Tear Down the FDA

It's a shame that the people most harmed by the existence of the FDA - and the culture of "I have power over you and you shall do as I say" that supports it - are not up in arms. The most vocal opponents of the FDA over the past decade or so are probably folk in the supplement industry. They, despite the threat of jail, losses, and other indignities for doing no more than providing a desired and responsible commercial service, are by no means the most harmed. No, the most harmed are the dying, and we are all counted in that group while the FDA continues in its position that potential longevity therapies will not be approved. No approval means no funds for development, and hence little evidence to show in support of radical change.

The cancer patients, the Alzheimer's sufferers, and all those with other named medical conditions suffer as well: the FDA and associated regulatory bodies form a huge ball and chain that slows progress in science to a fraction of what it might be. When medical development costs much more due to regulation, you will see fewer new medicines. When government employees have greater incentive to deny than approve, you will see fewer new medicines. This is exactly what happens, and the cost is measured in lives.

Back to the supplement industry. One of their voices can be found at the Consumers Against High Drug Prices site, an earnest place that nonetheless seems to me to be missing the real point of the exercise. But it is a supplement industry effort, and that narrows their focus to bottles and herbs - the here and now, rather than what could be, and what might have been in medical research. They would like to largely dismantle the FDA in their neck of the woods - but that sort of renegotiation of the contract with government employees never really works. When was the last time you recall government employees giving up the option to interfere in a given area of commerce? That option to interfere - and cause destruction and mayhem - is how politicians maintain their influence. It's the rule of the sword for a modern age.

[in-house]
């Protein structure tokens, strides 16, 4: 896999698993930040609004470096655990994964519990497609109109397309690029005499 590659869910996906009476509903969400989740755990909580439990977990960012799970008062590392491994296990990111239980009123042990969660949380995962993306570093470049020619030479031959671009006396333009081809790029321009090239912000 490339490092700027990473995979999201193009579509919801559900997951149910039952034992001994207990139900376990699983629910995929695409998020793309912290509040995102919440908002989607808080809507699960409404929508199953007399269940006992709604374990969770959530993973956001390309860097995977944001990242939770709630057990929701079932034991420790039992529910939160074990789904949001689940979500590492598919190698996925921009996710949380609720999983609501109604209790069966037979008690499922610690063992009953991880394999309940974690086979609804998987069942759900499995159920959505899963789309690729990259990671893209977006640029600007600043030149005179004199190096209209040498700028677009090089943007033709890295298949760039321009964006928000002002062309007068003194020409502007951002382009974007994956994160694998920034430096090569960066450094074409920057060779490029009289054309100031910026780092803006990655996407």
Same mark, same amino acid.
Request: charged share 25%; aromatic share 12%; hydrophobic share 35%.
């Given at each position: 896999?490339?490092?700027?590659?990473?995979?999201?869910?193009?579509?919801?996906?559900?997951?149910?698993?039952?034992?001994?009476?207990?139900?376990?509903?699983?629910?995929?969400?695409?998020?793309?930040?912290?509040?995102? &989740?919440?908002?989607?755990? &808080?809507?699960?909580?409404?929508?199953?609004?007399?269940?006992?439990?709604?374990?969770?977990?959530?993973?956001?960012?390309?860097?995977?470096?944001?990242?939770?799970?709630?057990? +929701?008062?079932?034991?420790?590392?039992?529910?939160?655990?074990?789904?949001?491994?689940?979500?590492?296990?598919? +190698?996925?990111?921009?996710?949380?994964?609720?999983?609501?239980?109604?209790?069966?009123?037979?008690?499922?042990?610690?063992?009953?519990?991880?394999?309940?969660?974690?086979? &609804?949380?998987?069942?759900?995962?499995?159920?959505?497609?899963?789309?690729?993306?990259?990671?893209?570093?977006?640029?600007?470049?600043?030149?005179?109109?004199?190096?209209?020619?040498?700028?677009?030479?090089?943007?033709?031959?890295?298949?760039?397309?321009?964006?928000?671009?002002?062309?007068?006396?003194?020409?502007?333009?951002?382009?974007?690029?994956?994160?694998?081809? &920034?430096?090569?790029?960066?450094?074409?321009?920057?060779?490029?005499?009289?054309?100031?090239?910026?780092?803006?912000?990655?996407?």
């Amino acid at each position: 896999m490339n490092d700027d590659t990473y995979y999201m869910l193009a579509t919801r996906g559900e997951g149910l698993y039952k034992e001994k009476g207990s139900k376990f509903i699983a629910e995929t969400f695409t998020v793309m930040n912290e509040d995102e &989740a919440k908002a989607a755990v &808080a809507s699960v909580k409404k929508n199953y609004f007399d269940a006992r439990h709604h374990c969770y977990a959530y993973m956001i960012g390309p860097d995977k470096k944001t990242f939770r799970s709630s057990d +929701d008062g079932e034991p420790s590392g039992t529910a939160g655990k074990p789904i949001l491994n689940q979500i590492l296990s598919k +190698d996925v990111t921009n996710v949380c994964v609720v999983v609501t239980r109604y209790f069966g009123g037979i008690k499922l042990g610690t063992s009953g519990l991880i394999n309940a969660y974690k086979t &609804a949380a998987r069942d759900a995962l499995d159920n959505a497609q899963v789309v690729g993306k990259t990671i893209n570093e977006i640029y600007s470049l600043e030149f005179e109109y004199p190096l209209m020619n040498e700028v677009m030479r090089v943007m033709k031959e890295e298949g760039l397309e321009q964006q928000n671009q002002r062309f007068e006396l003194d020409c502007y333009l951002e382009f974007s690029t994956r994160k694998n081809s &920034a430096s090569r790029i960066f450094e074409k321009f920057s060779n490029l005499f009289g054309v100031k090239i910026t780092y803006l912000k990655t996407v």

You have to keep the incentives in mind. Politicians and government employees have no incentive to play nice and leave you be, no matter what the paper says. So they won't. Trying to redirect or reclassify the power held by others to your benefit is a form of self-delusion: once you're set on that course, the politicians already own your mind. It's a shell game, slightly more complicated and obscure than the voting shell game, but really no different in essence. The only solution to government abuse of power is the absence of that power.

Centralization of power - the state and regulation, in other words - is a form of age-related damage for human societies. It accumulates, piling ever deeper and broader, and leads to degeneration and disease. Look no further than the Soviet Union for an example of where it all leads in the end, but the place we are now is a far cry from the best of all worlds. If you have an interest in a long, healthy life, then you should also have an interest in why modern democracies are greatly slowing progress to that end.



We have heard a lot about the problems with the FDA and US in hindering the anti aging progress.

Why do we focus so much on the US if it seems so difficult to change the way the industry works. Why not also take a look at the potential of other country which may pose less hindrance?
We've been talking about the hindrance in US for a long time, and really need to start to look for other opportunity as well instead of only focusing in the US.

Posted by: Jason at July 28th, 2008 7:58 PM

Always keep in mind the now defunct Interstate Commerce Commission. It's unlikely, yes, but quite possible for us to get rid of a government agency.

Posted by: blastoff at July 29th, 2008 2:13 PM
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